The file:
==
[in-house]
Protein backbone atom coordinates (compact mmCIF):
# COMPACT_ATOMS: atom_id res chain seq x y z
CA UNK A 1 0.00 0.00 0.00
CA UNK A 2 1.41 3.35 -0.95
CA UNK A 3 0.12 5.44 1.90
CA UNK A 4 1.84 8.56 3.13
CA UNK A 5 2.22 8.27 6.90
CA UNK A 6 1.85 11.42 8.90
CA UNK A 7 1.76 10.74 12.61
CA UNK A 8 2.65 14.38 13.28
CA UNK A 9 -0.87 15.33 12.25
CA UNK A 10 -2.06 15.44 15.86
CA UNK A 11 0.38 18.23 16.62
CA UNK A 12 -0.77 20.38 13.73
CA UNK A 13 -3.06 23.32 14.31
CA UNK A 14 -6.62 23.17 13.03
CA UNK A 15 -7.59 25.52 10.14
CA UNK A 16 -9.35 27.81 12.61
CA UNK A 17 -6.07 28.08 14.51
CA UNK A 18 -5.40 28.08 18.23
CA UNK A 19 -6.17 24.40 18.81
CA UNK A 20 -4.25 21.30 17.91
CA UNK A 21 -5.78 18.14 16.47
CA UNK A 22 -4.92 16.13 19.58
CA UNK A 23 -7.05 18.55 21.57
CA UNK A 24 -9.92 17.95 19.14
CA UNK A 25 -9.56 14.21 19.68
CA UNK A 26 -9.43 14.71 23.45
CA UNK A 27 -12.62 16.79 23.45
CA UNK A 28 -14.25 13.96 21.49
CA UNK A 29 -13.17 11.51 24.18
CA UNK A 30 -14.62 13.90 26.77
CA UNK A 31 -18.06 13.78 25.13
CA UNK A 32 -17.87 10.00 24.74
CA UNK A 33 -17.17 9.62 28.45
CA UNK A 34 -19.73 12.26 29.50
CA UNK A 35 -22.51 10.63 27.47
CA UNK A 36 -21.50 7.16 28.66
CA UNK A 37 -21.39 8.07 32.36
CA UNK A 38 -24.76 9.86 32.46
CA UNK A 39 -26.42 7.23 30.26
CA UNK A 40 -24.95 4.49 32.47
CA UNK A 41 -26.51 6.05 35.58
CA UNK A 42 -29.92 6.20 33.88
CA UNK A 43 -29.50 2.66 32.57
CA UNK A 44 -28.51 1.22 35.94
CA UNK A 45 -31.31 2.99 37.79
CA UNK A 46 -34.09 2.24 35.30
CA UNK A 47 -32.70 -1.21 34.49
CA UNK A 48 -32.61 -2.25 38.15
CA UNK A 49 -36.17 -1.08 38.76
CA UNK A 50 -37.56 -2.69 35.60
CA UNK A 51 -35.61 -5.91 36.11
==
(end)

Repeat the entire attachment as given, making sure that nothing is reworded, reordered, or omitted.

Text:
[in-house]
Protein backbone atom coordinates (compact mmCIF):
# COMPACT_ATOMS: atom_id res chain seq x y z
CA UNK A 1 0.00 0.00 0.00
CA UNK A 2 1.41 3.35 -0.95
CA UNK A 3 0.12 5.44 1.90
CA UNK A 4 1.84 8.56 3.13
CA UNK A 5 2.22 8.27 6.90
CA UNK A 6 1.85 11.42 8.90
CA UNK A 7 1.76 10.74 12.61
CA UNK A 8 2.65 14.38 13.28
CA UNK A 9 -0.87 15.33 12.25
CA UNK A 10 -2.06 15.44 15.86
CA UNK A 11 0.38 18.23 16.62
CA UNK A 12 -0.77 20.38 13.73
CA UNK A 13 -3.06 23.32 14.31
CA UNK A 14 -6.62 23.17 13.03
CA UNK A 15 -7.59 25.52 10.14
CA UNK A 16 -9.35 27.81 12.61
CA UNK A 17 -6.07 28.08 14.51
CA UNK A 18 -5.40 28.08 18.23
CA UNK A 19 -6.17 24.40 18.81
CA UNK A 20 -4.25 21.30 17.91
CA UNK A 21 -5.78 18.14 16.47
CA UNK A 22 -4.92 16.13 19.58
CA UNK A 23 -7.05 18.55 21.57
CA UNK A 24 -9.92 17.95 19.14
CA UNK A 25 -9.56 14.21 19.68
CA UNK A 26 -9.43 14.71 23.45
CA UNK A 27 -12.62 16.79 23.45
CA UNK A 28 -14.25 13.96 21.49
CA UNK A 29 -13.17 11.51 24.18
CA UNK A 30 -14.62 13.90 26.77
CA UNK A 31 -18.06 13.78 25.13
CA UNK A 32 -17.87 10.00 24.74
CA UNK A 33 -17.17 9.62 28.45
CA UNK A 34 -19.73 12.26 29.50
CA UNK A 35 -22.51 10.63 27.47
CA UNK A 36 -21.50 7.16 28.66
CA UNK A 37 -21.39 8.07 32.36
CA UNK A 38 -24.76 9.86 32.46
CA UNK A 39 -26.42 7.23 30.26
CA UNK A 40 -24.95 4.49 32.47
CA UNK A 41 -26.51 6.05 35.58
CA UNK A 42 -29.92 6.20 33.88
CA UNK A 43 -29.50 2.66 32.57
CA UNK A 44 -28.51 1.22 35.94
CA UNK A 45 -31.31 2.99 37.79
CA UNK A 46 -34.09 2.24 35.30
CA UNK A 47 -32.70 -1.21 34.49
CA UNK A 48 -32.61 -2.25 38.15
CA UNK A 49 -36.17 -1.08 38.76
CA UNK A 50 -37.56 -2.69 35.60
CA UNK A 51 -35.61 -5.91 36.11